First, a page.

These Fleeting Days of Summer

Midday. I was standing on Broadway, the stretch on Bayonne where a row of ramshackle storefronts stands shoulder to shoulder. Old-timers from the look of it. Dry cleaners, pizza joints, a dental center or two, a bank… humdrum life passed by me. Then an old geezer flashed by on a Harley. One of those muscular, red breeds. Not the man, the bike, broad, low-slung and stylish. Its rider’s blond white moustache defied gravity in the face of momentum. It was all over his face not unlike bleached cotton candy (if it could glide in the air). Now I have seen all kinds of moustaches – the narrow, pointy and long Dali one, the broader Chevron, the spaghetti variety…but this was the stuff that legends are made of. I suppose if doormen of old hotels, with their plush Victorian whiskers, were asked to take over the roads on superbikes, they would look just so. Of course they would have to swap their livery for leather. You’ve got to respect tradition.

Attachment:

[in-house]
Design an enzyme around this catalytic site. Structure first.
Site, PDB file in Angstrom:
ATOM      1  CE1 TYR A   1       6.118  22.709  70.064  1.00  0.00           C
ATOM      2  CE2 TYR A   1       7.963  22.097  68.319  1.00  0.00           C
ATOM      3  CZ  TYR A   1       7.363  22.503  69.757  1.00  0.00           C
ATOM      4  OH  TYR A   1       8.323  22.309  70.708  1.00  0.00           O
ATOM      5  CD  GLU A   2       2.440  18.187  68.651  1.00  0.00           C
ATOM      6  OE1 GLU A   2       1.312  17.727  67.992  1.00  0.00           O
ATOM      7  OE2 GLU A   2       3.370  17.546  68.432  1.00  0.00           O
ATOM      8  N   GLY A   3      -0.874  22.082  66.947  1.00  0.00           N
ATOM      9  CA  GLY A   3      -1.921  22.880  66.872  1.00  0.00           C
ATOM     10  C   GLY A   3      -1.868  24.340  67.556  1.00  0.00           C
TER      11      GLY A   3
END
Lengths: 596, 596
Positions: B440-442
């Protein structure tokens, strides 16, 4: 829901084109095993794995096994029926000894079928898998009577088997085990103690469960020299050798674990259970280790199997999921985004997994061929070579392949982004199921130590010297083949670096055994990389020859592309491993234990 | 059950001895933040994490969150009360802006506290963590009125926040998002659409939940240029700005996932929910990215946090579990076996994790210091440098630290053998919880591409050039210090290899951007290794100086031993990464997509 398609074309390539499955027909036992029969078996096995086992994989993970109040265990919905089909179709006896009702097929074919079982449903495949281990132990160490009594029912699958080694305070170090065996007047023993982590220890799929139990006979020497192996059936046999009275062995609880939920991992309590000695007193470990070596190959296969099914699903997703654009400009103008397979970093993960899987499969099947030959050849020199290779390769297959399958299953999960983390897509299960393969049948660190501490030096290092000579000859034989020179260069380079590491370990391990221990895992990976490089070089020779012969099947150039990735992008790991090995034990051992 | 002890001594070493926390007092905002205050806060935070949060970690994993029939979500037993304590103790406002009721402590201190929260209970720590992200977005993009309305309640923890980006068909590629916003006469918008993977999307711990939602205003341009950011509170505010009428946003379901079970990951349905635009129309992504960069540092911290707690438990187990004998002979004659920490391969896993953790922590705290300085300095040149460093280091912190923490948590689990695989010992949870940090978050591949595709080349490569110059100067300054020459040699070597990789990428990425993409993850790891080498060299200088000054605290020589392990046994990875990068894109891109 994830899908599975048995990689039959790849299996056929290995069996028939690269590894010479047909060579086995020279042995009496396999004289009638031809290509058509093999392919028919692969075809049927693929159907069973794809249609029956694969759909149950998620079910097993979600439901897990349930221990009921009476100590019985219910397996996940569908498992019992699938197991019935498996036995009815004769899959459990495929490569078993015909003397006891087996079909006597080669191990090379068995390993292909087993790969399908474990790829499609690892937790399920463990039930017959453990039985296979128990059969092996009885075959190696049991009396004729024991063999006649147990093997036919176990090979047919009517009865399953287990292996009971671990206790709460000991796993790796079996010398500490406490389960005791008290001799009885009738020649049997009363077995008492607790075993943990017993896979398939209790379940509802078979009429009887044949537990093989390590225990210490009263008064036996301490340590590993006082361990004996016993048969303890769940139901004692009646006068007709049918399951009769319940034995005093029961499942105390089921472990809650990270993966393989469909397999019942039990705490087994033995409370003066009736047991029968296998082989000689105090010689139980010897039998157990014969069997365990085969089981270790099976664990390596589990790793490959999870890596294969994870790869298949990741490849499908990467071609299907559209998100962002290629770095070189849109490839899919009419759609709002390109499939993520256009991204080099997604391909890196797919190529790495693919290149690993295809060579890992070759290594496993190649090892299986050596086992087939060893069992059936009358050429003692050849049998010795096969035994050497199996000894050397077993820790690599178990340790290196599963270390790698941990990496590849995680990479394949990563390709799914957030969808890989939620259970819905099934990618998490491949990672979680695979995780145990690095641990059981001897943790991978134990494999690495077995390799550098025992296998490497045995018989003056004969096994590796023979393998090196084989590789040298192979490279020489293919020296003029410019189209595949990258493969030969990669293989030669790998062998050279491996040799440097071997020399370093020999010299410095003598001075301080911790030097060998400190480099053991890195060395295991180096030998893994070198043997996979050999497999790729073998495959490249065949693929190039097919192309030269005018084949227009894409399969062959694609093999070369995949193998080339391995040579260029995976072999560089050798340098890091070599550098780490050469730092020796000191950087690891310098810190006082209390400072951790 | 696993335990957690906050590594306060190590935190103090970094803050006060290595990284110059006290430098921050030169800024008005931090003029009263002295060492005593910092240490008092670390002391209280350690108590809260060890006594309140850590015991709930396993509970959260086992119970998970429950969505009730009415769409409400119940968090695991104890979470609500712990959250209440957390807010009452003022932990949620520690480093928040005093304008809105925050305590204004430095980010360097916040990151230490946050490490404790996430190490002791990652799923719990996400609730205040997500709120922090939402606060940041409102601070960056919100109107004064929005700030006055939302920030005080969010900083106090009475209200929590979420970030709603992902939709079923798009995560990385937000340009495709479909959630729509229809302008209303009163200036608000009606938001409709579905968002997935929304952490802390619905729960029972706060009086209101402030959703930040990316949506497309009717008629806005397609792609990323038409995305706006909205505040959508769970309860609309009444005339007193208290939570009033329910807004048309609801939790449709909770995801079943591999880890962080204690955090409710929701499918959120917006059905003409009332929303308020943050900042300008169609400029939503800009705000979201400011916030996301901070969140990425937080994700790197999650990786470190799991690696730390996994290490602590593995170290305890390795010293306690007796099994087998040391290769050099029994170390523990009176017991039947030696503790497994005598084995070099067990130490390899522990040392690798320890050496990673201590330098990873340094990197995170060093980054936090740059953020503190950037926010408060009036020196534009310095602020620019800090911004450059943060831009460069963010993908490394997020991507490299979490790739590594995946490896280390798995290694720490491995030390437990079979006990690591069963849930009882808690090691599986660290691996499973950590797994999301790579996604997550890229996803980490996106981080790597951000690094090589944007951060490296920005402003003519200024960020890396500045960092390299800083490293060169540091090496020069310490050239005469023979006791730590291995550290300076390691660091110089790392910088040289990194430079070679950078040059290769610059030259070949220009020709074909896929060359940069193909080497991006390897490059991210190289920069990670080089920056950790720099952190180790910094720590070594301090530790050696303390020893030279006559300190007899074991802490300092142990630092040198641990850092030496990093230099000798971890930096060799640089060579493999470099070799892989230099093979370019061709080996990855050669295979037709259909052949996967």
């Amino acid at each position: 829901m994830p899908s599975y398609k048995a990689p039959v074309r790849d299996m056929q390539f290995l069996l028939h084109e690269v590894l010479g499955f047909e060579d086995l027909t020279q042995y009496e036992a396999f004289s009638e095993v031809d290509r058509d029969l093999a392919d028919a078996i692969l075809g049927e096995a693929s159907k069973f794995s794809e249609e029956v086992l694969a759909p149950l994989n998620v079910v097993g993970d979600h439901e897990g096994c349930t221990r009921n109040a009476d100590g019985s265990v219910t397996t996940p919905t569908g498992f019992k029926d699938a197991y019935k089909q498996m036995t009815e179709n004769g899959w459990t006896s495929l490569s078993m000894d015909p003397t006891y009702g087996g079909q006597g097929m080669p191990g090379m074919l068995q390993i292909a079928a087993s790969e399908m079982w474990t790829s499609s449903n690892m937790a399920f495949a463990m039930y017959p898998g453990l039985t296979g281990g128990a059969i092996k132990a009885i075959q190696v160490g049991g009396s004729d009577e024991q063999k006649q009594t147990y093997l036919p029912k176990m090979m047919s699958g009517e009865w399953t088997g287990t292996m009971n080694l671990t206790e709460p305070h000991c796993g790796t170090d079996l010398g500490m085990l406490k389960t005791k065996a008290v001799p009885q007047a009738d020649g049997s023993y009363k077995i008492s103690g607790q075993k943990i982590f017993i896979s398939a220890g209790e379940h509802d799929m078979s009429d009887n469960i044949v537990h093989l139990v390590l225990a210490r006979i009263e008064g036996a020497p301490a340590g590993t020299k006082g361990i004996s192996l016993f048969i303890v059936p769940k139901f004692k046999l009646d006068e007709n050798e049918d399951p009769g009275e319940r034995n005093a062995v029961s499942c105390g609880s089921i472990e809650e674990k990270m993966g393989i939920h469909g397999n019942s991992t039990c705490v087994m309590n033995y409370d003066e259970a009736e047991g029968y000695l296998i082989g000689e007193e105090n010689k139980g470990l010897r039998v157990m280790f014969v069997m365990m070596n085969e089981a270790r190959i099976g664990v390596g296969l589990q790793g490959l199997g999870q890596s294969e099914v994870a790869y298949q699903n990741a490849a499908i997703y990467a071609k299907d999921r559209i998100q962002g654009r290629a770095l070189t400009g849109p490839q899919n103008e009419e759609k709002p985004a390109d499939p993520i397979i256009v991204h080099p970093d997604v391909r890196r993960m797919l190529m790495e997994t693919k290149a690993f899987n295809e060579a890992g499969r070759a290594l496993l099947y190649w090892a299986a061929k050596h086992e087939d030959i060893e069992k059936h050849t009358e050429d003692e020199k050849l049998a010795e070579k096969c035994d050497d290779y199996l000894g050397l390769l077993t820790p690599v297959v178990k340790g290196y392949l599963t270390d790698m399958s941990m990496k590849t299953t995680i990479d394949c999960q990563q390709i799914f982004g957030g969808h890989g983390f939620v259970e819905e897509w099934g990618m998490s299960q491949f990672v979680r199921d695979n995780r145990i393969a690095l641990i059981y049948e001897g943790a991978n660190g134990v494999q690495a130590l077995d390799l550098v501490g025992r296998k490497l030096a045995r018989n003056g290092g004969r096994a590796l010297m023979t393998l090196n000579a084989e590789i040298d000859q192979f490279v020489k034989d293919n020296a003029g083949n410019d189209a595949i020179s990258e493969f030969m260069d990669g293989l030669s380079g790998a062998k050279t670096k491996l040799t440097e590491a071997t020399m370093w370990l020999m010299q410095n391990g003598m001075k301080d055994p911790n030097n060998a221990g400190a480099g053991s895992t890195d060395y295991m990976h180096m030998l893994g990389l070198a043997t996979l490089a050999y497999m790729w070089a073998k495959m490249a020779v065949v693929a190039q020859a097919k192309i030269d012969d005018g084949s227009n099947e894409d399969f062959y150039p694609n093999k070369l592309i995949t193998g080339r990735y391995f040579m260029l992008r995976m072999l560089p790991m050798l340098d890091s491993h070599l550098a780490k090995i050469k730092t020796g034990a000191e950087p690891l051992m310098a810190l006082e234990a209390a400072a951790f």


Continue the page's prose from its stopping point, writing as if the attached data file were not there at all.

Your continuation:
The humidity levels are abating and my hair feels better already. On early evenings, I find myself savouring sprints in the park. They are no longer a painful chore. Is autumn knocking on our doors already? It certainly feels like it as I jog down to the waterfront, the heart and feet pounding at tandem along the length of the wooden path that trails through marshy green acres by the mighty Hudson, long reeds swishing in the cool breeze of the evening. A solitary gull steps nimbly through tiny pools of water, peering intently into the shallow bed. It is a great stretch for birdwatchers, for warblers, herons, yellowlegs and egrets like to swoop in once in a while for their inspection of the scabby marshes. The turnpike bridge over the bay brings in a spot of the city in the backdrop but otherwise you might as well be in the boondocks. Nearby in wooden sheds, people have scribbled odd somethings.